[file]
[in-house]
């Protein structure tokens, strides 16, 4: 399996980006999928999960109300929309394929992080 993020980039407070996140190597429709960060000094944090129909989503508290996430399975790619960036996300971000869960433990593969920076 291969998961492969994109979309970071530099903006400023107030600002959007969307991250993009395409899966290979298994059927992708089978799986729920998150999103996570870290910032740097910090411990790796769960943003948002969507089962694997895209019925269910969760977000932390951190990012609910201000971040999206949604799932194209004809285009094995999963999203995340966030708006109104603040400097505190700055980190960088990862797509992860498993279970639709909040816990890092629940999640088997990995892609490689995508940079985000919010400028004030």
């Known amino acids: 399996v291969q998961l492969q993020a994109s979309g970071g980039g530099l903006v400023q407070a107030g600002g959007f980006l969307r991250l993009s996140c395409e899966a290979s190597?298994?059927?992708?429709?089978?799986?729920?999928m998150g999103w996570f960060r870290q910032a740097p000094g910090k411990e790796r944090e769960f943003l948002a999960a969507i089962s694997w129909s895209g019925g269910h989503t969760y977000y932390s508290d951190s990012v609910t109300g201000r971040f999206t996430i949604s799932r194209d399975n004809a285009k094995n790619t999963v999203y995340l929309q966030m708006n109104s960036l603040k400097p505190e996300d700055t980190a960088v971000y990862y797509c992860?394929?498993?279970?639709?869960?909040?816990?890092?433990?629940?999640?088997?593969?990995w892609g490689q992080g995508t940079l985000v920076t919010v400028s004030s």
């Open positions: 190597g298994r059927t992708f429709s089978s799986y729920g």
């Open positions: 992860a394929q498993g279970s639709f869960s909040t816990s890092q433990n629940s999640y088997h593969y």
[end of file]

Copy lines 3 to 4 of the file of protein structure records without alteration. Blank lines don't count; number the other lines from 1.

């Known amino acids: 399996v291969q998961l492969q993020a994109s979309g970071g980039g530099l903006v400023q407070a107030g600002g959007f980006l969307r991250l993009s996140c395409e899966a290979s190597?298994?059927?992708?429709?089978?799986?729920?999928m998150g999103w996570f960060r870290q910032a740097p000094g910090k411990e790796r944090e769960f943003l948002a999960a969507i089962s694997w129909s895209g019925g269910h989503t969760y977000y932390s508290d951190s990012v609910t109300g201000r971040f999206t996430i949604s799932r194209d399975n004809a285009k094995n790619t999963v999203y995340l929309q966030m708006n109104s960036l603040k400097p505190e996300d700055t980190a960088v971000y990862y797509c992860?394929?498993?279970?639709?869960?909040?816990?890092?433990?629940?999640?088997?593969?990995w892609g490689q992080g995508t940079l985000v920076t919010v400028s004030s």
């Open positions: 190597g298994r059927t992708f429709s089978s799986y729920g």